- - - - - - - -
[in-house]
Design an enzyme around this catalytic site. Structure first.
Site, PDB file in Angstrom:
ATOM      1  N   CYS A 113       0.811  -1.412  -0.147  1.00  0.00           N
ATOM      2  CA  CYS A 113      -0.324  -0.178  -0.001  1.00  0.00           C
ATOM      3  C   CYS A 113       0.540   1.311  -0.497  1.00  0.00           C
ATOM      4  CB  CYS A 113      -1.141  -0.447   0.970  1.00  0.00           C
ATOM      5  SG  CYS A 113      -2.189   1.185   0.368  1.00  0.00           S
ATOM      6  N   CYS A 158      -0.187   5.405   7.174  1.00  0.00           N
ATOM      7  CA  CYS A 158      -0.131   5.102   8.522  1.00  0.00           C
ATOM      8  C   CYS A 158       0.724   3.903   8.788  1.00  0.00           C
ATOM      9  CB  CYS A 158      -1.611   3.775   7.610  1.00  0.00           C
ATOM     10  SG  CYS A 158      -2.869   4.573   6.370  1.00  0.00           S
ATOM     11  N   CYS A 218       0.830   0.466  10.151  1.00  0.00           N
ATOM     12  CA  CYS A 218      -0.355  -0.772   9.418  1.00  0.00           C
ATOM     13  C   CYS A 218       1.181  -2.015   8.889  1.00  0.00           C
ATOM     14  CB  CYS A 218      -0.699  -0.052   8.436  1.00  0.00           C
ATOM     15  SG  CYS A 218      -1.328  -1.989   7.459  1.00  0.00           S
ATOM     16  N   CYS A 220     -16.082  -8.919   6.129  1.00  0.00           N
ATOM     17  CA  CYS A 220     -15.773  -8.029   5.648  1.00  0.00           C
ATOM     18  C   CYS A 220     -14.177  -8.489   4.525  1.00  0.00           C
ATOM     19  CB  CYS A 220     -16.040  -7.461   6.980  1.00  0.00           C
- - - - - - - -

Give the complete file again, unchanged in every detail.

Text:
[in-house]
Design an enzyme around this catalytic site. Structure first.
Site, PDB file in Angstrom:
ATOM      1  N   CYS A 113       0.811  -1.412  -0.147  1.00  0.00           N
ATOM      2  CA  CYS A 113      -0.324  -0.178  -0.001  1.00  0.00           C
ATOM      3  C   CYS A 113       0.540   1.311  -0.497  1.00  0.00           C
ATOM      4  CB  CYS A 113      -1.141  -0.447   0.970  1.00  0.00           C
ATOM      5  SG  CYS A 113      -2.189   1.185   0.368  1.00  0.00           S
ATOM      6  N   CYS A 158      -0.187   5.405   7.174  1.00  0.00           N
ATOM      7  CA  CYS A 158      -0.131   5.102   8.522  1.00  0.00           C
ATOM      8  C   CYS A 158       0.724   3.903   8.788  1.00  0.00           C
ATOM      9  CB  CYS A 158      -1.611   3.775   7.610  1.00  0.00           C
ATOM     10  SG  CYS A 158      -2.869   4.573   6.370  1.00  0.00           S
ATOM     11  N   CYS A 218       0.830   0.466  10.151  1.00  0.00           N
ATOM     12  CA  CYS A 218      -0.355  -0.772   9.418  1.00  0.00           C
ATOM     13  C   CYS A 218       1.181  -2.015   8.889  1.00  0.00           C
ATOM     14  CB  CYS A 218      -0.699  -0.052   8.436  1.00  0.00           C
ATOM     15  SG  CYS A 218      -1.328  -1.989   7.459  1.00  0.00           S
ATOM     16  N   CYS A 220     -16.082  -8.919   6.129  1.00  0.00           N
ATOM     17  CA  CYS A 220     -15.773  -8.029   5.648  1.00  0.00           C
ATOM     18  C   CYS A 220     -14.177  -8.489   4.525  1.00  0.00           C
ATOM     19  CB  CYS A 220     -16.040  -7.461   6.980  1.00  0.00           C